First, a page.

A HI-FI VACUUM TUBE AMPLIFIER
by Fred Nachbaur, Dogstar Music ©1998, 2000
3A-4: PREAMPLIFIER AC FEEDBACK
So far we have a pre-amplifier with an open-loop passband gain of about 60 dB, with 3-dB corners
at about 40 Hz and 2 kHz. (See Fig. 7.) While the low-frequency end isn't bad, the high-frequency
end is pretty awful. This is partly because of the compensation intentionally introduced by R115
and C108 and partly because of tube electrode and circuit wiring capacitances. Not to worry, our
bandwidth automatically increases again when we apply negative feedback, just as it does with
solid-state compensated op-amps.
Fig. 7: Preamplifier Open-Loop and Phono Gain Curves
As hinted already, this circuit behaves very much like an operational amplifier (op-amp). But
before we get on with designing feedback networks, we'll point out the ways in which it is not
like an op-amp:
- a) Open loop gain, although quite high, cannot be considered infinite as in many solid state op-
- b) The circuit exhibits a large output-to-input voltage offset (on the order of 290 volts). Any AC
feedback elements between output and input therefore have to include DC blocking capacitors.
The alternative would be level-shifters, which would in my opinion be an additional complication
(and expense) without commensurate rewards in terms of performance.
- c) The DC voltage at the feedback input is non-zero (about 27 volts in practise), so again there is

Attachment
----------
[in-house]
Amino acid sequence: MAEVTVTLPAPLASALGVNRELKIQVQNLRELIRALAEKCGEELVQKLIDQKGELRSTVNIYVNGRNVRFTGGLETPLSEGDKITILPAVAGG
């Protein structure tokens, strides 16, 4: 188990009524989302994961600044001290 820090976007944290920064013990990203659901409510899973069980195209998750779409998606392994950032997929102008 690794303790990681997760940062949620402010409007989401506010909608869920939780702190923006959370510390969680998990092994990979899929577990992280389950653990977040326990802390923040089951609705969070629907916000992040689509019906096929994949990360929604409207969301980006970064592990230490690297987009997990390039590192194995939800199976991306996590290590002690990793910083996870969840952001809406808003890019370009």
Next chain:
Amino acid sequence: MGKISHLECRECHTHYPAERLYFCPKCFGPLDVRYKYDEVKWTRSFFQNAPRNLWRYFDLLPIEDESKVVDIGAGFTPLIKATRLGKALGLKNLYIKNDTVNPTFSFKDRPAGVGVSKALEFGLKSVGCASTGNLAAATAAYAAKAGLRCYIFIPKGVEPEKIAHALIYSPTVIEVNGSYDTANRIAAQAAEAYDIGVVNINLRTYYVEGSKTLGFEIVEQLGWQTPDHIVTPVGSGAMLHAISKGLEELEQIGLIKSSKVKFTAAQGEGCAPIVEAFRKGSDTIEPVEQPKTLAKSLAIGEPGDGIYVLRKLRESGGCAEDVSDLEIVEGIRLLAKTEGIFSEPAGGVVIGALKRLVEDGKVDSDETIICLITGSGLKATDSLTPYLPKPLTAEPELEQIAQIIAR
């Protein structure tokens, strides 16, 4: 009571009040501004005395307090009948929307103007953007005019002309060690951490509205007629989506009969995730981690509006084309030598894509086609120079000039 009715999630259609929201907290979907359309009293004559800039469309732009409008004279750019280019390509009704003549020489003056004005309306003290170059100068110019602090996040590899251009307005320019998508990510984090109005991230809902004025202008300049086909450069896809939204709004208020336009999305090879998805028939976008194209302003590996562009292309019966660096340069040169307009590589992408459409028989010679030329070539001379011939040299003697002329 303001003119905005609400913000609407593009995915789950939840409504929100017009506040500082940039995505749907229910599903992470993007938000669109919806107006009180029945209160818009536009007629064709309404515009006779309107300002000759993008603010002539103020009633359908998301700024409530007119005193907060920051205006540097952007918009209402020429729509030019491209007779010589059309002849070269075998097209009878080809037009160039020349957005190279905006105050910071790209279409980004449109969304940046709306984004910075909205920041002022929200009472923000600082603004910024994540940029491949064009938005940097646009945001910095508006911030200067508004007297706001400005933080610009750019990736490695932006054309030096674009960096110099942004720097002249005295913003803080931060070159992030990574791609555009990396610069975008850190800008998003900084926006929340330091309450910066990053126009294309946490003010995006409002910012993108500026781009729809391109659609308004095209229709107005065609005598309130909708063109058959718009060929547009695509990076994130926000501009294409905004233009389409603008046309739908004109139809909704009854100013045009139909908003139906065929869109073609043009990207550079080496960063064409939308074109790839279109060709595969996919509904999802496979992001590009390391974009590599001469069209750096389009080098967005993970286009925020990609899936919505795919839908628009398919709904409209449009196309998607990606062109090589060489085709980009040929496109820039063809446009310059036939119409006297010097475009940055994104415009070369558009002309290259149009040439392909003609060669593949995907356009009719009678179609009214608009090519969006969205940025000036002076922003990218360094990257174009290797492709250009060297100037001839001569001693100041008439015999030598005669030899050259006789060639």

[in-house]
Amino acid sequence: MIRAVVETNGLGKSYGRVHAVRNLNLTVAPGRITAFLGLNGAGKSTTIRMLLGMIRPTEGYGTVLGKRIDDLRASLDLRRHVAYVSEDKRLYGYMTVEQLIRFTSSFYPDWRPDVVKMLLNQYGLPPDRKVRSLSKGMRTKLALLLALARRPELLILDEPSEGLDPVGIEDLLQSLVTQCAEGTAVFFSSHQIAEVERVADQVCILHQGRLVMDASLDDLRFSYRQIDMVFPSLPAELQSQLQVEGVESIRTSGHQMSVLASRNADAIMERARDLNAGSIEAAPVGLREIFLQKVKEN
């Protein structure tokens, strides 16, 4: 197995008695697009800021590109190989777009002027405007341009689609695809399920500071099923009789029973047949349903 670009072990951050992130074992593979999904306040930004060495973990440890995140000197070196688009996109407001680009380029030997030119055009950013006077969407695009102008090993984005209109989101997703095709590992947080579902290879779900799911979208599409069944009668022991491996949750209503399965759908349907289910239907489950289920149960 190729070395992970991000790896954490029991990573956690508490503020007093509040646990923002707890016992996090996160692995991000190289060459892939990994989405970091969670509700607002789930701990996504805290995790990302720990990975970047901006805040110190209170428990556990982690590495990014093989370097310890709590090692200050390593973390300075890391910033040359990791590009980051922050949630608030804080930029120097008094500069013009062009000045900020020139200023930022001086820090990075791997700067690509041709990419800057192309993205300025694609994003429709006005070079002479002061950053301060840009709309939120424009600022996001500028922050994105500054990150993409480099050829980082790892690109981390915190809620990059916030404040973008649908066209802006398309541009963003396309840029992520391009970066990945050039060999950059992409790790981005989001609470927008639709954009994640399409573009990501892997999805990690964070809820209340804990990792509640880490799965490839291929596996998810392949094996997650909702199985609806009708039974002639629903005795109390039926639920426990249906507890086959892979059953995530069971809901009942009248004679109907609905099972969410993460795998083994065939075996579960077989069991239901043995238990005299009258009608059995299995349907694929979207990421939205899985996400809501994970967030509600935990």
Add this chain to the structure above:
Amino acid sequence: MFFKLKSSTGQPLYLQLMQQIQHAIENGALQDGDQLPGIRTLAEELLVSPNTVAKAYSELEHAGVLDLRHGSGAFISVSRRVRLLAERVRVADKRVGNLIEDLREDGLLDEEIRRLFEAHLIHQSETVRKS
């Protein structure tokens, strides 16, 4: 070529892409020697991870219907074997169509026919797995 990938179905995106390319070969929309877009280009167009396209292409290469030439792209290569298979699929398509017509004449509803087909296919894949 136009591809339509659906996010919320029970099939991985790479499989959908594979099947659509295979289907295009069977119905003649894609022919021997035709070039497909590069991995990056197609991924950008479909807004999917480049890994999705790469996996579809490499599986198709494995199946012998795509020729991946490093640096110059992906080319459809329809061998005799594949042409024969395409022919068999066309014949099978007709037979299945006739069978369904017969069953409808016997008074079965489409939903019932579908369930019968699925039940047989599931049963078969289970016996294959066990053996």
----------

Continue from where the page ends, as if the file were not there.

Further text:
a need for DC blocking. The point marked "ACG" (AC Ground) is provided for convenience, acting
as a virtual ground for AC, at the same DC voltage as the inverting input.
The not-quite-ideal Tube Opamp
Keeping these restrictions in mind, we can use the formula for the classic non-inverting op-amp
to approximate our gain with feedback. Note that the inverting input (-IN) has a 47K resistor
(R113) to "AC Ground". This is our "default" value for input resistance to the feedback input. Let's
call that resistance Ri, though (as in the case of the tone control amp discussed later) it can be
considerably higher, as needed. The bare-minimum feedback network would consist of just a
single resistance (we'll call it Rf ) in series with a DC blocking capacitor between output and -IN.
The theoretical gain with feedback would then be:
Av = ( Rf / Ri ) + 1
For instance, let's compute our gain if we connect a "bare bones" feedback network consisting of a
430K resistor in series with a DC blocking capacitor between "OUT" and "-IN". That is, Rf / Ri =
9.15, so our gain would be 10.15, or about 20 dB.
The feedback elements do not have to be pure resistances; the above formula could be
generalized to include complex impedances.
Av = ( Zf / Zi ) + 1
The circuit's actual performance follows this predicted formula very closely, verifying that our
gain-matching shortcut described earlier works just fine. See Figure 6 for an actual plot of the
prototype. The slight curve at the low end is caused by that "+1" factor in the equation; as Rf / Ri
increases, that factor becomes less significant, and the graph approaches a straight-line
relationship. However, at gain settings above about 200 (46 dB), the relationship begins to fall
apart as we approach the amplifier's open-loop gain. Incidentally, this gain setting is also the
practical maximum as regards frequency response; the 3 dB corner at this gain will be on the
order of 16 kHz.
Fig. 6: Preamplifier Gain vs. Feedback Ratio